|Publication number||US5227907 A|
|Application number||US 07/499,363|
|Publication date||13 Jul 1993|
|Filing date||31 Oct 1989|
|Priority date||3 Nov 1988|
|Also published as||DE58907961D1, EP0396686A1, EP0396686B1, WO1990005420A1|
|Publication number||07499363, 499363, PCT/1989/189, PCT/CH/1989/000189, PCT/CH/1989/00189, PCT/CH/89/000189, PCT/CH/89/00189, PCT/CH1989/000189, PCT/CH1989/00189, PCT/CH1989000189, PCT/CH198900189, PCT/CH89/000189, PCT/CH89/00189, PCT/CH89000189, PCT/CH8900189, US 5227907 A, US 5227907A, US-A-5227907, US5227907 A, US5227907A|
|Inventors||Sathyanarayana Rao, Martin Potts, Reto Beeler|
|Original Assignee||Ascom Tech Ag|
|Export Citation||BiBTeX, EndNote, RefMan|
|Patent Citations (3), Referenced by (13), Classifications (7), Legal Events (6)|
|External Links: USPTO, USPTO Assignment, Espacenet|
a) Field of the Present Invention
The invention is directed to a method and an assigned device for decentralized transmission of data on a transmission line corresponding to the preamble of the independent claims.
b) Background Prior Art
Transmission lines and diverse types of data transmission via such lines are generally known. Recently, optical transmission lines have become increasingly important for various reasons. In addition to the optical point-to-point connections, there are also complicated network structures with optical lines. For example, in an article entitled "Optical fibres in local area networks", Communications/Communications International, October 1985, pages 19 ff., B. Viklund describes various network structures with glass fiber cables for distribution networks and for networks with connections between different subscribers which can be set up individually. In the latter, a ring configuration is most favorable. The subscriber stations of an optical transmission line of the aforementioned type are connected to the respective utilized fibers via optical couplers.
At present, there are couplers, switches and modulators based on GaAs semiconductor material for optical systems which utilize electro-optical effects for influencing light. These elements work up to frequencies in the gigahertz range.
The use of address-coded packets for transmitting data is generally known. Such packets comprise a head part (header) and a data part, wherein the head part contains all necessary data for the respective packet and the participating transmission devices, particularly the respective transmitter and receiver. The data part is available for the data to be transmitted. If it is empty, it is referred to as an empty packet.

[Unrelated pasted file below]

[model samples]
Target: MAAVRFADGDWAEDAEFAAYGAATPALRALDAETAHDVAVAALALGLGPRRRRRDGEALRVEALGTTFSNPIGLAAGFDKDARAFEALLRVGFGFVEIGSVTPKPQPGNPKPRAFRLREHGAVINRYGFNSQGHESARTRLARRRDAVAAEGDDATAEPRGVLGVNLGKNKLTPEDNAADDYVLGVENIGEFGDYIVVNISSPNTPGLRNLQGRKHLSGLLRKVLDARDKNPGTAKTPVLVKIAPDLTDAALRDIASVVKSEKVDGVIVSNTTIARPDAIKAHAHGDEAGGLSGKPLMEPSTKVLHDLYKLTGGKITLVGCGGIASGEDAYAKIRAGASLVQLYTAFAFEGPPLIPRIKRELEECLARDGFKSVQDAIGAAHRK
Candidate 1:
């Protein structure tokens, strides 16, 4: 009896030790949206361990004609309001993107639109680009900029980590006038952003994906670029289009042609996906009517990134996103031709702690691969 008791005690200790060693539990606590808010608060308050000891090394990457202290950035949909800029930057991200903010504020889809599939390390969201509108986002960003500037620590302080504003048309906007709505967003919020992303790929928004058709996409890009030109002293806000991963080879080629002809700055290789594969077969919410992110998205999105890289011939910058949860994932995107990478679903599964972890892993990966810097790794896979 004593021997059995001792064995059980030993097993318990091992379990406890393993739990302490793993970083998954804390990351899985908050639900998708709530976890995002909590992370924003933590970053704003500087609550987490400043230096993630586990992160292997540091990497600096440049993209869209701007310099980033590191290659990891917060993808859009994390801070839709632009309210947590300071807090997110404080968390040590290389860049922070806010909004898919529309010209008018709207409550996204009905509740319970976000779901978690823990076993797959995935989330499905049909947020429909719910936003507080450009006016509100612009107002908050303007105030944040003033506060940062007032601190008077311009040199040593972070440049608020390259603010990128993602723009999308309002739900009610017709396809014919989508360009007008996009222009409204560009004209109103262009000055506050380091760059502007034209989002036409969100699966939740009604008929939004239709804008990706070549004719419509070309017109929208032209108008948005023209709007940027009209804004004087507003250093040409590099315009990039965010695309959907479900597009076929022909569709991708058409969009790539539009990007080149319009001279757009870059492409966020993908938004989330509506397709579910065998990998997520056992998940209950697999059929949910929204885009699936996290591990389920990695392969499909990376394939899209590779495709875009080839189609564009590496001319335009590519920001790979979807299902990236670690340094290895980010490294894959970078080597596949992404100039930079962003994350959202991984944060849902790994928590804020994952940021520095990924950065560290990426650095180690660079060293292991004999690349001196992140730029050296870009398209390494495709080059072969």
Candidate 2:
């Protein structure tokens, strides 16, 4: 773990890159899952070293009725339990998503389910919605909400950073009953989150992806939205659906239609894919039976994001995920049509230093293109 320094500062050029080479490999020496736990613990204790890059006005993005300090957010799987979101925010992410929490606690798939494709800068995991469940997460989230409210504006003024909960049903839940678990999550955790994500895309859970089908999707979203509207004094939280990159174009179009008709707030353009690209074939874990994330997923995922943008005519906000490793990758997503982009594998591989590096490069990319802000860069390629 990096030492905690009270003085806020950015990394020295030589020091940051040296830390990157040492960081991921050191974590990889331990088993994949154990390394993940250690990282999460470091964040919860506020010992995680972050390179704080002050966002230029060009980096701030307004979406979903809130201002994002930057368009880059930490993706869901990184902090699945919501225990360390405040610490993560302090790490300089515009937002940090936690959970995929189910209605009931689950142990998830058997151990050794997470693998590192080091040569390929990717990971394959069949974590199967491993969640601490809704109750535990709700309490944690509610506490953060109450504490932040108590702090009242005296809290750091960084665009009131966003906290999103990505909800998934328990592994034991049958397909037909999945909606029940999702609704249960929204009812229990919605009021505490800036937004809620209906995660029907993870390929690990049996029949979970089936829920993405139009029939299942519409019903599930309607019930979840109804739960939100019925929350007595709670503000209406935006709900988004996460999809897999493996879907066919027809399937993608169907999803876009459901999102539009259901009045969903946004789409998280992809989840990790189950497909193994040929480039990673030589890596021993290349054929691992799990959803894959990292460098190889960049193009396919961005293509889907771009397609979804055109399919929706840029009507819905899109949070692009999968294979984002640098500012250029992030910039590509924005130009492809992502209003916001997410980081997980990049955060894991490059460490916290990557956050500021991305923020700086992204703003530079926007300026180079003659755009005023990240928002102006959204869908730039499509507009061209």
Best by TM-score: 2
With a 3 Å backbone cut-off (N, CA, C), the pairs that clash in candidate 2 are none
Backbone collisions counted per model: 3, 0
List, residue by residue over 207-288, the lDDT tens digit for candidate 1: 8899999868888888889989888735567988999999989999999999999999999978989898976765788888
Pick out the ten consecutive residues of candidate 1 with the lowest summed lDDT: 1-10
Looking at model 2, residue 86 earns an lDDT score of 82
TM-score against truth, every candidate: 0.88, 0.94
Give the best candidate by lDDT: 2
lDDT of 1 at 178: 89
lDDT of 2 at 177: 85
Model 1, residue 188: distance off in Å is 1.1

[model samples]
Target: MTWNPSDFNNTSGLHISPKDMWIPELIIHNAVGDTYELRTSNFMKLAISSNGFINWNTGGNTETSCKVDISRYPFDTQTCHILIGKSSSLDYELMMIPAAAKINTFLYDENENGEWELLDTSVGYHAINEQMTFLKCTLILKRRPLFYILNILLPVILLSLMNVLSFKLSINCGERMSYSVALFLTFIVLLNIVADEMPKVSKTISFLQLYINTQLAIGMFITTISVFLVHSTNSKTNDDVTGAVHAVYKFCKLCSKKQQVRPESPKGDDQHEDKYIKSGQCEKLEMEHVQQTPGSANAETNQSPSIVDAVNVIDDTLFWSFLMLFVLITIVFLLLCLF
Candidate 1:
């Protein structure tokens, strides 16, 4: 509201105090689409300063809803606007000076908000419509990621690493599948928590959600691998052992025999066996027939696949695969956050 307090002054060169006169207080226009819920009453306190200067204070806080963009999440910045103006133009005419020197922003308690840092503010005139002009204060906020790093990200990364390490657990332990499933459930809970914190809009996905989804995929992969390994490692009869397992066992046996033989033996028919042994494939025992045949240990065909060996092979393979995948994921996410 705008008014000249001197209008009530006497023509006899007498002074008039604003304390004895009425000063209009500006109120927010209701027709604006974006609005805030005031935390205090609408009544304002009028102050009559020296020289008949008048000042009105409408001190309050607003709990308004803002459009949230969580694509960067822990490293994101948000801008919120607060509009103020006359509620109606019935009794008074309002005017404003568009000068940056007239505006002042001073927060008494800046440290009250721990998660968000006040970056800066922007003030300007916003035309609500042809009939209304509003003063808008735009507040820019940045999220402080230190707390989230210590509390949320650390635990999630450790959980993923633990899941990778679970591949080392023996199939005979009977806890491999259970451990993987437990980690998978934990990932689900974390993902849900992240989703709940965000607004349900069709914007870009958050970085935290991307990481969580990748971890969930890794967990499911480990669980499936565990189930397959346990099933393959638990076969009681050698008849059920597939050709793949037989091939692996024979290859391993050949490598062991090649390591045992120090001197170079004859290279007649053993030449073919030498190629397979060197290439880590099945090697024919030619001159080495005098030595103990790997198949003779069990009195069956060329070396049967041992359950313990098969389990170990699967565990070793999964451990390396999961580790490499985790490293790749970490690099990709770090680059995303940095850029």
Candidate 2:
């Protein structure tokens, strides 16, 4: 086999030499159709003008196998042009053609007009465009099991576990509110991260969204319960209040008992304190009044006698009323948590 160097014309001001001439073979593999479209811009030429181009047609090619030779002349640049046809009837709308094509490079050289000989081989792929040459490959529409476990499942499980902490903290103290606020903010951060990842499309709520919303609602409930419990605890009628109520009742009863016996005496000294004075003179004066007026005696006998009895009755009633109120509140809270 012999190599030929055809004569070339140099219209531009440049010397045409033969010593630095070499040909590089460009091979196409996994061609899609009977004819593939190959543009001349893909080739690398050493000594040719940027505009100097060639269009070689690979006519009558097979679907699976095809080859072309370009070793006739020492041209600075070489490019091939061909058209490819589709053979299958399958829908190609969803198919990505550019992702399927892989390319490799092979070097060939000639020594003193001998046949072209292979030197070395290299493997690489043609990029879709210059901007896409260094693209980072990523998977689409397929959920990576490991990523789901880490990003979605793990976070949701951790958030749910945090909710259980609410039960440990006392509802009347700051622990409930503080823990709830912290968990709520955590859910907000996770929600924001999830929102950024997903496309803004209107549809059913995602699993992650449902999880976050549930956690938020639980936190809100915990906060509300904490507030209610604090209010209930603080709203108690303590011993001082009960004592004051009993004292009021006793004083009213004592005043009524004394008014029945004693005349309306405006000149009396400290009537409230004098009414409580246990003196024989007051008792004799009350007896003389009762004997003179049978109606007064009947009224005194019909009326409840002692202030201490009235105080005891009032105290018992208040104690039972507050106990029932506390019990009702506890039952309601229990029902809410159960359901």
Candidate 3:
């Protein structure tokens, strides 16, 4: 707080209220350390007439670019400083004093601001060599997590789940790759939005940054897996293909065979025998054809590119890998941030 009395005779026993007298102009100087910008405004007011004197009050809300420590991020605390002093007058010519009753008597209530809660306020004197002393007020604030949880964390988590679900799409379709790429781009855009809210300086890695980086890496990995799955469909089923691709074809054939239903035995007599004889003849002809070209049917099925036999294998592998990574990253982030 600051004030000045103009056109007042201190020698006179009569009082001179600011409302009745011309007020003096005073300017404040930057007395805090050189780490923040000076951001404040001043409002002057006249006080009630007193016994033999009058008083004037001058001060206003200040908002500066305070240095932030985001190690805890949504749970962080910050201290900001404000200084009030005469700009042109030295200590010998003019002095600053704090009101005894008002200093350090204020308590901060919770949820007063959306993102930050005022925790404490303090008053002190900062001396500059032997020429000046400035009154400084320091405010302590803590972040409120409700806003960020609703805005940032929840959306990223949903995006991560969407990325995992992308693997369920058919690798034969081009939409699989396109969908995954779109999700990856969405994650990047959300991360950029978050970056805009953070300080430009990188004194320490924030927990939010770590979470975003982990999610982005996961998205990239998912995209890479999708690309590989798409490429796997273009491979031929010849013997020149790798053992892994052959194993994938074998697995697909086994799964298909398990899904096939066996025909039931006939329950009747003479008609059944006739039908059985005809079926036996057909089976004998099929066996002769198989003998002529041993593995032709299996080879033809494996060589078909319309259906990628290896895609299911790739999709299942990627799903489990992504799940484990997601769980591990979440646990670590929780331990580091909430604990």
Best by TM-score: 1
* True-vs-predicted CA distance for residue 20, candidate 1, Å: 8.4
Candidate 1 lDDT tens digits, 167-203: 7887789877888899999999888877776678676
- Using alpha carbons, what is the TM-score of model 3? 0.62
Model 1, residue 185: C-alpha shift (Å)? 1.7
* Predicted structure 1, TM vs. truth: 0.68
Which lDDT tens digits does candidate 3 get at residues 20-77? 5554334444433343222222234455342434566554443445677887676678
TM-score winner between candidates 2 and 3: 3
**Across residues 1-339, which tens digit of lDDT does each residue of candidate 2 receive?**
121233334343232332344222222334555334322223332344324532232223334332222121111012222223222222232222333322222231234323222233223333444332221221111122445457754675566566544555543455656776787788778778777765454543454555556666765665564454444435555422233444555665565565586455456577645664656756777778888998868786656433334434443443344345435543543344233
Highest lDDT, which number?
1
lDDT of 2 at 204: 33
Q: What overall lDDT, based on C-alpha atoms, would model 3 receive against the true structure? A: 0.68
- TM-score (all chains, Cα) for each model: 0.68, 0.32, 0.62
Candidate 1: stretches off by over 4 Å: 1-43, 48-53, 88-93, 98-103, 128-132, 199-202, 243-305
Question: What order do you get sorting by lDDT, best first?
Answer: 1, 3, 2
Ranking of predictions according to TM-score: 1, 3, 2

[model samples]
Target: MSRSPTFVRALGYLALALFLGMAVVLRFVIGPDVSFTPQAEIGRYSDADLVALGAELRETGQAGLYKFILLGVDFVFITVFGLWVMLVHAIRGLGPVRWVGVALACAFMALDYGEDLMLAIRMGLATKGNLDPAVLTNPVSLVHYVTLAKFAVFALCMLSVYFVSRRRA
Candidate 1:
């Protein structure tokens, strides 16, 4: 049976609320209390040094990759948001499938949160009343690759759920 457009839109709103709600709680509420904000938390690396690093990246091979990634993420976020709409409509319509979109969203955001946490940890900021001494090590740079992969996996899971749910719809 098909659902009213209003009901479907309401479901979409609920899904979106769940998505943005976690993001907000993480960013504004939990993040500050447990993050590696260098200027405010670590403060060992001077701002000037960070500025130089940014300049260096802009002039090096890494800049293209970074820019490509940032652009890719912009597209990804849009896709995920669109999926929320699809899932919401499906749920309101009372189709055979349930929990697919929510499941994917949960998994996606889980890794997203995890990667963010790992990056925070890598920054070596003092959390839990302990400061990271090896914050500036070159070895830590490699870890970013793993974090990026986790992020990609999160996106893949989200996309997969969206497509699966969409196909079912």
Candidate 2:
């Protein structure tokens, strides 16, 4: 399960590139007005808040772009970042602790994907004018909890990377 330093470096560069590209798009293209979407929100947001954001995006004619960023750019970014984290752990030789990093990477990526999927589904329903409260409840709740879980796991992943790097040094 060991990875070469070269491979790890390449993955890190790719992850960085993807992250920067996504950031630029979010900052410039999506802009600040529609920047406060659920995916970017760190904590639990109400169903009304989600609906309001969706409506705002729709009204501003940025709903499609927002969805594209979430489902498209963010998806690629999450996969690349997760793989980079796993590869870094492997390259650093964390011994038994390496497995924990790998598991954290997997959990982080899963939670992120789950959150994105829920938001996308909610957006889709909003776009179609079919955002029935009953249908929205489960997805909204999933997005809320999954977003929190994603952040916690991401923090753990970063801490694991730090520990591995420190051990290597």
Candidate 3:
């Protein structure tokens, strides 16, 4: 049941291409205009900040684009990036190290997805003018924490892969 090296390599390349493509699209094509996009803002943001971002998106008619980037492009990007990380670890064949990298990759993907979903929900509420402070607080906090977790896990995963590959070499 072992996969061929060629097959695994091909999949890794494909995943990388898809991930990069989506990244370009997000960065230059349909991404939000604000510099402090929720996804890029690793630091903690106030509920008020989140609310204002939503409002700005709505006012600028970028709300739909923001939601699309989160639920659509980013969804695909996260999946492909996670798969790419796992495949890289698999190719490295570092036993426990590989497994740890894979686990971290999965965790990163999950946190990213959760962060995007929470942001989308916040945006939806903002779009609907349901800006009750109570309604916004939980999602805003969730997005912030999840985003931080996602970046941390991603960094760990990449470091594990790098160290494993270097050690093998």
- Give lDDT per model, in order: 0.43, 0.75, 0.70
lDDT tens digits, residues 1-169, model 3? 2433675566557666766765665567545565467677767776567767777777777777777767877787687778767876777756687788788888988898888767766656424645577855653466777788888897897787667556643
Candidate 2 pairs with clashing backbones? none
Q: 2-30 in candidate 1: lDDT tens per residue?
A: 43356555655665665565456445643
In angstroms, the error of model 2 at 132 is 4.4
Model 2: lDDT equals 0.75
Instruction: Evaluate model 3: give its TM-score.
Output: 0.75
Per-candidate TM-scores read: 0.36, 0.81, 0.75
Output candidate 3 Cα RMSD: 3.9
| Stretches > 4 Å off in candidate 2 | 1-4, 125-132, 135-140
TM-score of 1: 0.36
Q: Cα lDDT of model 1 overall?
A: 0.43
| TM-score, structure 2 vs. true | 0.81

Various methods are known for producing address-coded packets and converting empty packets into data packets. In this respect, reference is made e.g. to the patent CH 550 521 which describes one of the first methods presently known as "buffer insertion". What all of these methods have in common is that they have a delay at some point, be it a matter of the insertion of a new packet into an existing stream of packets, wherein the entire stream is delayed by the length of a packet, or be it a matter of having to wait for the reading of the head part of a packet before it is clear whether or not it is an empty packet, etc.
In optical systems, a controlled delay on the transmission lines was (until now) not possible. Such a delay can only be effected in that it is effected in the electronic part of the system, e.g. by means of a shift register. In an optical transmission line chiefly comprising so-called passive subscriber nodes which have no active light source (e.g. a laser diode), there is the problem of providing a method for detecting passing empty packets entirely without delay and filling them with prepared data. These methods must be consistent with the method of receiving data packets which run or arrive via the same transmission line.
The solution to this problem is provided by means of the independent claims, while the dependent claim indicates a construction of the invention. Accordingly, it is now possible to set up relatively simple and accordingly inexpensive subscriber nodes in optical transmission lines.
The invention is explained in more detail in the following by way of example with the aid of seven diagrams.
FIG. 1 is a schematic view of an optical transmission line;
FIGS. 2 and 3 show variants of the transmission line;
FIG. 4 is a schematic view of an optical directional coupler;
FIG. 5 is a symbolic view of the directional coupler;
FIG. 6 shows a schematic construction of a packet;
FIG. 7 is a block wiring diagram of a subscriber node.
FIG. 1 shows a schematic view of a transmission line 10 on which digital signals are transmitted in the direction of the arrow. An optical fiber 11, particularly a single-mode fiber, serves as transmission medium. A plurality of subscriber nodes 12 is included in this fiber 11, so that the fiber 11 is divided into portions, but the light flow, as a whole, is not interrupted.
The light flow commences in a light source 16, particularly a semiconductor laser, which feeds a substantially continuous constant light flow into the commencement of the fiber 11. The light flow ends in an optical receiver 18, particularly a photodiode with an amplifier connected subsequently. The subscriber nodes 12 comprise access units 13 which do not interrupt the light flow along the transmission lines 10 as described. The subscriber nodes 12 are further constructed in such a way that they can receive data contained in the light flow and insert data into the light flow. For this purpose, an electronic receiver 23 which processes the received data and a transmitter 25 which provides the data to be transmitted are connected to the access units 13.